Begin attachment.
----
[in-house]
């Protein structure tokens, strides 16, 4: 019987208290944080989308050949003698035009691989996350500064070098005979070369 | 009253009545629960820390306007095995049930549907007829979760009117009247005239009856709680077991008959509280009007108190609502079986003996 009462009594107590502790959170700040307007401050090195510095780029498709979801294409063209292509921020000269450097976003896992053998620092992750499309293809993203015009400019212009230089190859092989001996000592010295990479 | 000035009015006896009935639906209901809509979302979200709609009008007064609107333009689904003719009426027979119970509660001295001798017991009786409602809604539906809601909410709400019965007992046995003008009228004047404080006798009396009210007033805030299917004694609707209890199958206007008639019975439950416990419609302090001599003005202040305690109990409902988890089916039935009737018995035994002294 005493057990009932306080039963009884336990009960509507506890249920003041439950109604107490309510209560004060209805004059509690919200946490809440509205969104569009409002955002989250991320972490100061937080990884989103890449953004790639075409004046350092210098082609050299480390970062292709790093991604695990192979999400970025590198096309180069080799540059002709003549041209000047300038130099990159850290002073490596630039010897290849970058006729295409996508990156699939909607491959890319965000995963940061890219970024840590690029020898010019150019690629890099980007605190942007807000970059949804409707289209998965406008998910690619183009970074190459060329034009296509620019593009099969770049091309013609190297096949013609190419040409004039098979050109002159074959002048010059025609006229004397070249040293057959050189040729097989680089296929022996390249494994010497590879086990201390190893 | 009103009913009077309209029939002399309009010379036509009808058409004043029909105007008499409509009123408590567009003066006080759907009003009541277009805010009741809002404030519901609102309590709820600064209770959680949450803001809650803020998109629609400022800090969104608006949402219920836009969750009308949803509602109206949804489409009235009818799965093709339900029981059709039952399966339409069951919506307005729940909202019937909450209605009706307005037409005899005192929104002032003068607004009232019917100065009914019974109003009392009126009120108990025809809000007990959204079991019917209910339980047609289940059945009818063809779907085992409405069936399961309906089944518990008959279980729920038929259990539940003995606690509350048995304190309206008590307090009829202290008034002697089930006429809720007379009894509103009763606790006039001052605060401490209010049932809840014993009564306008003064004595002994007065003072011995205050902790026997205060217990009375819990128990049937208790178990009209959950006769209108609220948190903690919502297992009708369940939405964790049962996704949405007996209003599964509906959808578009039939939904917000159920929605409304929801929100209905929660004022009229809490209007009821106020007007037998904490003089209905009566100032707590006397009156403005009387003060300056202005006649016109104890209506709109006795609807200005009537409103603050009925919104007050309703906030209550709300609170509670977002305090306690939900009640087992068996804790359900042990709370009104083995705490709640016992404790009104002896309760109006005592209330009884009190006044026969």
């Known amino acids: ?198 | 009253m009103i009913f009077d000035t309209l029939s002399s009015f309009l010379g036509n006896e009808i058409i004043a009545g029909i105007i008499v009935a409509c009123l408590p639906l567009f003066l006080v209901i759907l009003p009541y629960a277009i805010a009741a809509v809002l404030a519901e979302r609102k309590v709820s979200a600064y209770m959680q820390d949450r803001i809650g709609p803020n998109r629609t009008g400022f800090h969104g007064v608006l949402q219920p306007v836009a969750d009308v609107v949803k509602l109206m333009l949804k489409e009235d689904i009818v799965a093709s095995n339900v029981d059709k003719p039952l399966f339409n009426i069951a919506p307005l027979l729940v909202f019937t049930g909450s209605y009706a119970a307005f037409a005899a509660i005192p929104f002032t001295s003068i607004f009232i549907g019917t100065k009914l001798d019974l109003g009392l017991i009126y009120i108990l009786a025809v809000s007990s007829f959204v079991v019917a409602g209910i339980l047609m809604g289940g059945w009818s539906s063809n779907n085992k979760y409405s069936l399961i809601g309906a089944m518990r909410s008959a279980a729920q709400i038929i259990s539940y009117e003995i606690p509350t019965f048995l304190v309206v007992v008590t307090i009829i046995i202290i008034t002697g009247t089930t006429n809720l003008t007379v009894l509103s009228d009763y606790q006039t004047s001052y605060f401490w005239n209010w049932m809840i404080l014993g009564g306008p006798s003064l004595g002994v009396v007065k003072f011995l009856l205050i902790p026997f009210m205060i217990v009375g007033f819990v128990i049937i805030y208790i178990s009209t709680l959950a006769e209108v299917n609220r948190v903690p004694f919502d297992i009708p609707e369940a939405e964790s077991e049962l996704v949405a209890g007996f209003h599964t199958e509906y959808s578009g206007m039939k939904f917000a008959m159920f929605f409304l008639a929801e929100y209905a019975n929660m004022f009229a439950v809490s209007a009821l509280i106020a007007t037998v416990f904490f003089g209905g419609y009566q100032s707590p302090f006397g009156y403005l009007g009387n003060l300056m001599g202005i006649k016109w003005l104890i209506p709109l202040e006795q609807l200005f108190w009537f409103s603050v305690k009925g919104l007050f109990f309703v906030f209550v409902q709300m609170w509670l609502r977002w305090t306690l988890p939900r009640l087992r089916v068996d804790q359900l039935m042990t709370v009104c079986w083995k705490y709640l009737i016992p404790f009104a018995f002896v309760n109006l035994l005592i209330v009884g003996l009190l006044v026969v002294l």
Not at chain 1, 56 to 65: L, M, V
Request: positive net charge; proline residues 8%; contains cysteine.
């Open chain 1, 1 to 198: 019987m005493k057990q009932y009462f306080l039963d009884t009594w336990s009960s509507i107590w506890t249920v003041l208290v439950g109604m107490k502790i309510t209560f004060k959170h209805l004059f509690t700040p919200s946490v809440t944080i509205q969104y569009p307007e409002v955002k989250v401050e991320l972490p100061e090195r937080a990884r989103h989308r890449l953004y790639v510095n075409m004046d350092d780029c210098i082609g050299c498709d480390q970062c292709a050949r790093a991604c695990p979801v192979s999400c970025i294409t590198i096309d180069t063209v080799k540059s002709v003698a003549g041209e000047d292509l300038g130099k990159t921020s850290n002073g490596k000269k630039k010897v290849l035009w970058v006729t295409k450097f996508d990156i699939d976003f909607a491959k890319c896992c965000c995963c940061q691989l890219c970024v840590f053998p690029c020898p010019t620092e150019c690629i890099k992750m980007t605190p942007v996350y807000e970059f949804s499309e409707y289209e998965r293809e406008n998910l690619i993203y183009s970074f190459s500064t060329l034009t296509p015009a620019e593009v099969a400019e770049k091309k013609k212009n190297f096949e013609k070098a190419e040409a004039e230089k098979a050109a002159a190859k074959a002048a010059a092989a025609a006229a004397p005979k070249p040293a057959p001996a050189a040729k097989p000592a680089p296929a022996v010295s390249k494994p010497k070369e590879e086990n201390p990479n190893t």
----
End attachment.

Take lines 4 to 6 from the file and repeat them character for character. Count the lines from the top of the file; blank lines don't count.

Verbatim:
Not at chain 1, 56 to 65: L, M, V
Request: positive net charge; proline residues 8%; contains cysteine.
């Open chain 1, 1 to 198: 019987m005493k057990q009932y009462f306080l039963d009884t009594w336990s009960s509507i107590w506890t249920v003041l208290v439950g109604m107490k502790i309510t209560f004060k959170h209805l004059f509690t700040p919200s946490v809440t944080i509205q969104y569009p307007e409002v955002k989250v401050e991320l972490p100061e090195r937080a990884r989103h989308r890449l953004y790639v510095n075409m004046d350092d780029c210098i082609g050299c498709d480390q970062c292709a050949r790093a991604c695990p979801v192979s999400c970025i294409t590198i096309d180069t063209v080799k540059s002709v003698a003549g041209e000047d292509l300038g130099k990159t921020s850290n002073g490596k000269k630039k010897v290849l035009w970058v006729t295409k450097f996508d990156i699939d976003f909607a491959k890319c896992c965000c995963c940061q691989l890219c970024v840590f053998p690029c020898p010019t620092e150019c690629i890099k992750m980007t605190p942007v996350y807000e970059f949804s499309e409707y289209e998965r293809e406008n998910l690619i993203y183009s970074f190459s500064t060329l034009t296509p015009a620019e593009v099969a400019e770049k091309k013609k212009n190297f096949e013609k070098a190419e040409a004039e230089k098979a050109a002159a190859k074959a002048a010059a092989a025609a006229a004397p005979k070249p040293a057959p001996a050189a040729k097989p000592a680089p296929a022996v010295s390249k494994p010497k070369e590879e086990n201390p990479n190893t």